The grievant is a computer systems analyst. The grievant received a performance rating of Fully Successful for the period from June 15, 1990, to June 15, 1991. The Union filed a grievance on behalf of the grievant alleging that she received an improper and inaccurate performance appraisal as the result of "reprisal[,] disparate treatment[,] and invalid performance standards . . . ." Award at 2. As a remedy, the Union requested, among other things, that the grievant's ratings on some job elements be raised from Meets to Exceeds and that the grievant's overall rating be raised to Excellent. The grievance was denied and the Union appealed the grievance to step 3 of the parties' negotiated grievance procedure. The Agency did not respond in a timely manner at step 3 of the grievance procedure as required by Article 23, Section 13 of the parties' agreement.(*) The Union then filed a second grievance claiming that the grievant was entitled to the remedy sought in the first grievance under the provisions of Article 23, Section 13.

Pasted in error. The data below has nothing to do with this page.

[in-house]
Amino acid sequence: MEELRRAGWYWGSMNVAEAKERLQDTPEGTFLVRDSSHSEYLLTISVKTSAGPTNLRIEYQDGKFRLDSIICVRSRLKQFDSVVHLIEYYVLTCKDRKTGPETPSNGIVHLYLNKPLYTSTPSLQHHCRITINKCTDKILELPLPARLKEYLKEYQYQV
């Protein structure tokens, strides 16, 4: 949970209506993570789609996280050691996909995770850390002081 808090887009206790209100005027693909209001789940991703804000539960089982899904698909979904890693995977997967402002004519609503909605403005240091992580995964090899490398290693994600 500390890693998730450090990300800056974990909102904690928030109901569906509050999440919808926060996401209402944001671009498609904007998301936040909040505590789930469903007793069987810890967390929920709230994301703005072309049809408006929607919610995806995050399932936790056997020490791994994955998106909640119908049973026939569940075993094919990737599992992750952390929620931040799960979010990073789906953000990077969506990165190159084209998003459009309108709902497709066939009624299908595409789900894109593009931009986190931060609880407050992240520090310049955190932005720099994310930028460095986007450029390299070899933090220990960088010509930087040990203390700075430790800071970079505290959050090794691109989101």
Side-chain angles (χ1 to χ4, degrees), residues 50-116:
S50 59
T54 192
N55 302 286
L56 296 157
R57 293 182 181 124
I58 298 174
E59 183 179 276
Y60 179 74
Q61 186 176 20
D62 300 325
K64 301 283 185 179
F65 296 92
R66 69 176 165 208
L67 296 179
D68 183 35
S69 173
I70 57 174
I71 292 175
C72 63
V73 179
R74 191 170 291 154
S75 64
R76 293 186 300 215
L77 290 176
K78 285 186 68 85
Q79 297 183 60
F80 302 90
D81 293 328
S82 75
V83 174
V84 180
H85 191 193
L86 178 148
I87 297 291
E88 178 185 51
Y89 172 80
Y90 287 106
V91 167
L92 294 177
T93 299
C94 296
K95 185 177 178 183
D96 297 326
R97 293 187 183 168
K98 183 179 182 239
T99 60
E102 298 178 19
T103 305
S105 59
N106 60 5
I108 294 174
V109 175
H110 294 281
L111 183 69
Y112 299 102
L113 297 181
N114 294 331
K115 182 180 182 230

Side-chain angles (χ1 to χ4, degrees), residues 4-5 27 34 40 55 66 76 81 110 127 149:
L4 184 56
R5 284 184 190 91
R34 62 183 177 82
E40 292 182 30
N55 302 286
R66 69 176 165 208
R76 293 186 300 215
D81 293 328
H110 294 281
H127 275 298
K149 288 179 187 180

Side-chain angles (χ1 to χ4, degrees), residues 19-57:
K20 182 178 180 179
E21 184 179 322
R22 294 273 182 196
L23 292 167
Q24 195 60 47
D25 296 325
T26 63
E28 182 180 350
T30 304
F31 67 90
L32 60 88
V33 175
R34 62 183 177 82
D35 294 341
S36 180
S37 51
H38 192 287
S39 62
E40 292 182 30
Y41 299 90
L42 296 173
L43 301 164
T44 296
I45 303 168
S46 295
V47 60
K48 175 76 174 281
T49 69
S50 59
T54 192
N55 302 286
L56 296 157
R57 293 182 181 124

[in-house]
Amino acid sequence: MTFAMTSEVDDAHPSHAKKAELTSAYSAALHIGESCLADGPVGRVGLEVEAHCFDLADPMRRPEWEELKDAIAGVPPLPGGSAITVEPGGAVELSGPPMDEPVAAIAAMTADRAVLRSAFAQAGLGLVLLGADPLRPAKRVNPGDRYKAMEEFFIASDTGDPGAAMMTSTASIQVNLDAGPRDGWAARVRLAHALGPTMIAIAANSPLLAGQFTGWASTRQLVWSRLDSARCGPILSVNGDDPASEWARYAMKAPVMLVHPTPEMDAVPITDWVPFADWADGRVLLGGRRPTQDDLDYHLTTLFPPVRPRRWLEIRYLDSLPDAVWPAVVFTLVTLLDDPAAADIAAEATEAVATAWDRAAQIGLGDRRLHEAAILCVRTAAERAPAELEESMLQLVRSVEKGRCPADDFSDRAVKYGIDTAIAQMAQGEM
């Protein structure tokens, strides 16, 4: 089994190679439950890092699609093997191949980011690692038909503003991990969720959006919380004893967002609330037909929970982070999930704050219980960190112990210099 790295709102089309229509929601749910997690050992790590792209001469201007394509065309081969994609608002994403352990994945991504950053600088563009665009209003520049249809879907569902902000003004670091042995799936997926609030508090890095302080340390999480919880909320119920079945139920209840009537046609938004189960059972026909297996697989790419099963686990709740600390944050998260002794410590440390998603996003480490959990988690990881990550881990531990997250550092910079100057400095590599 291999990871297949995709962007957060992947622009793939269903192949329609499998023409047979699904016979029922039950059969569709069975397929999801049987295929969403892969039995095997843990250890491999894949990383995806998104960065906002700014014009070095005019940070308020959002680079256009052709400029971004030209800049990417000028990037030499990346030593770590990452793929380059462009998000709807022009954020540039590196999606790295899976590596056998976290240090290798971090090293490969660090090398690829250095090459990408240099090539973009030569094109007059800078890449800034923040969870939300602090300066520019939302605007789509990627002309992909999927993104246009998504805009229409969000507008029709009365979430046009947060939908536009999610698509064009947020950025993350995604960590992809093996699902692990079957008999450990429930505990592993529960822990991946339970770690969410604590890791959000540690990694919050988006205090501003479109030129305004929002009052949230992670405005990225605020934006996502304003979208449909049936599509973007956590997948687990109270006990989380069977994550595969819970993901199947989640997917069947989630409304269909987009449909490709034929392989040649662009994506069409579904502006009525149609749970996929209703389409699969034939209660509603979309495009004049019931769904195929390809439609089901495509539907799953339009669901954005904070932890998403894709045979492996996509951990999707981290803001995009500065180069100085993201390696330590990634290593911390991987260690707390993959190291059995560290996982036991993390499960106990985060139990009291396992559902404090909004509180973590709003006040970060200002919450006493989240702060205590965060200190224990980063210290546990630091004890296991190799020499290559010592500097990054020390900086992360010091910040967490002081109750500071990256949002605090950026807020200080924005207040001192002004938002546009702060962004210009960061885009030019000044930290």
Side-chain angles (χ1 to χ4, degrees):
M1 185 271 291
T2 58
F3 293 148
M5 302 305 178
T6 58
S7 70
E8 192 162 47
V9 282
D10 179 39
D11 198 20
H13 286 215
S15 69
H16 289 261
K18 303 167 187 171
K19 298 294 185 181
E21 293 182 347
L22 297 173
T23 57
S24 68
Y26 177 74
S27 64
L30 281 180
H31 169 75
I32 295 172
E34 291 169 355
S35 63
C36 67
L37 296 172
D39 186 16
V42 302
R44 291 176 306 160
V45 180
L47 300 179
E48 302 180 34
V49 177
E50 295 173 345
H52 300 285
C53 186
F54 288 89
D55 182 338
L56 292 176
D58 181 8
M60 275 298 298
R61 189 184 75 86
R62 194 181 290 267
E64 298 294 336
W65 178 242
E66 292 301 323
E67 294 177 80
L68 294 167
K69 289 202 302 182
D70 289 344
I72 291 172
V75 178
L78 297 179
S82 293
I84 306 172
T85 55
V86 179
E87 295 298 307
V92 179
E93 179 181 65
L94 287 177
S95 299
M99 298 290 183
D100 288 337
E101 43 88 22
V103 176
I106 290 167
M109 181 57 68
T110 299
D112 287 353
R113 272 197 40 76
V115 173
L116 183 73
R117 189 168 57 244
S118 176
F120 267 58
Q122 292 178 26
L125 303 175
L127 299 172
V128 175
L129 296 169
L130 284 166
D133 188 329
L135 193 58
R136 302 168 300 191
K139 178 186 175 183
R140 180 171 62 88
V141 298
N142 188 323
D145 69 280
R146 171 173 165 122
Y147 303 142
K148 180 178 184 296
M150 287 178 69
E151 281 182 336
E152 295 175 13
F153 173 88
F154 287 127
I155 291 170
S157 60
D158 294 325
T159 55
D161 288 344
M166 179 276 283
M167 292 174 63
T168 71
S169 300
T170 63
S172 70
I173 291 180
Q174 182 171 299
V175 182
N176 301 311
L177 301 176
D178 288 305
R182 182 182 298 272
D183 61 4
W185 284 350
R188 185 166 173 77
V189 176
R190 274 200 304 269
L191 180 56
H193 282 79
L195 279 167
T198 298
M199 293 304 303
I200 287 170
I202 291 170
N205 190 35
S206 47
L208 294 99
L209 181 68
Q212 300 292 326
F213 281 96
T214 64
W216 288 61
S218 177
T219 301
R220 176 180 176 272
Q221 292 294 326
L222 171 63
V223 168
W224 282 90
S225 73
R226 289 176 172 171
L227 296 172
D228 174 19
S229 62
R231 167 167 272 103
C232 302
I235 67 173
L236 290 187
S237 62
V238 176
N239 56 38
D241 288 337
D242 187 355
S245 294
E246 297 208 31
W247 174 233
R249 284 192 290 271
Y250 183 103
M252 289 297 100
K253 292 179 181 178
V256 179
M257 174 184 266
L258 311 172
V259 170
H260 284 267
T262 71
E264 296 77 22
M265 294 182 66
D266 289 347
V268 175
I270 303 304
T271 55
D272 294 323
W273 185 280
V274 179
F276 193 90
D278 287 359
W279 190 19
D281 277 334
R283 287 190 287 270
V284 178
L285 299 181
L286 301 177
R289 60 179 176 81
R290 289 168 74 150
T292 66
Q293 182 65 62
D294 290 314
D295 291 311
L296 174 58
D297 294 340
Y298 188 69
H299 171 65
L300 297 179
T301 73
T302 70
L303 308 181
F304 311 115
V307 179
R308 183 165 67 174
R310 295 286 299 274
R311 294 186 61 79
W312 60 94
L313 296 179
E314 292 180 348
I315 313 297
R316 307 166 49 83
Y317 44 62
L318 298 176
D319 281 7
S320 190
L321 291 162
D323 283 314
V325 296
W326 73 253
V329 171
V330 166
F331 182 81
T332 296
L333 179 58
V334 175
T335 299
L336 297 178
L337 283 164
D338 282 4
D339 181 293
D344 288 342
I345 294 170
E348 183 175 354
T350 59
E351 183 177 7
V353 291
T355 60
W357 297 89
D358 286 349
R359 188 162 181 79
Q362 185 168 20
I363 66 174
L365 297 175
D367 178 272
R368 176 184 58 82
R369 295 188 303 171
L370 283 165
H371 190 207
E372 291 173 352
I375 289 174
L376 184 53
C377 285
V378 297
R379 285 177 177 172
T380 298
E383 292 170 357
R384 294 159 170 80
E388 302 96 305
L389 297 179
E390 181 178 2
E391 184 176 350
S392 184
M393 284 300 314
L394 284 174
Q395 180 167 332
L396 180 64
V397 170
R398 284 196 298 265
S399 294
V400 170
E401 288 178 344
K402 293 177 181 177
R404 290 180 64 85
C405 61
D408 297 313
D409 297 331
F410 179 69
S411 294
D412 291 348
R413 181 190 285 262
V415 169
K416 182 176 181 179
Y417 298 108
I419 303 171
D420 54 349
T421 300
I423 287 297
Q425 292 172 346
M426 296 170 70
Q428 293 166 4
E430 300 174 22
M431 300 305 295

Although the Agency admitted that it was late in responding to the step 3 appeal, it asserted that the Union's proposed remedy could not be granted under Article 23, Section 13 because that remedy would be contrary to law, rule, or regulation. The grievances were not resolved and were submitted to arbitration.
The Arbitrator stated the issues before him as:
1. Is the grievance procedurally defective because of the Agency's failure to answer the Union's Step 3 appeal in a timely fashion? If not,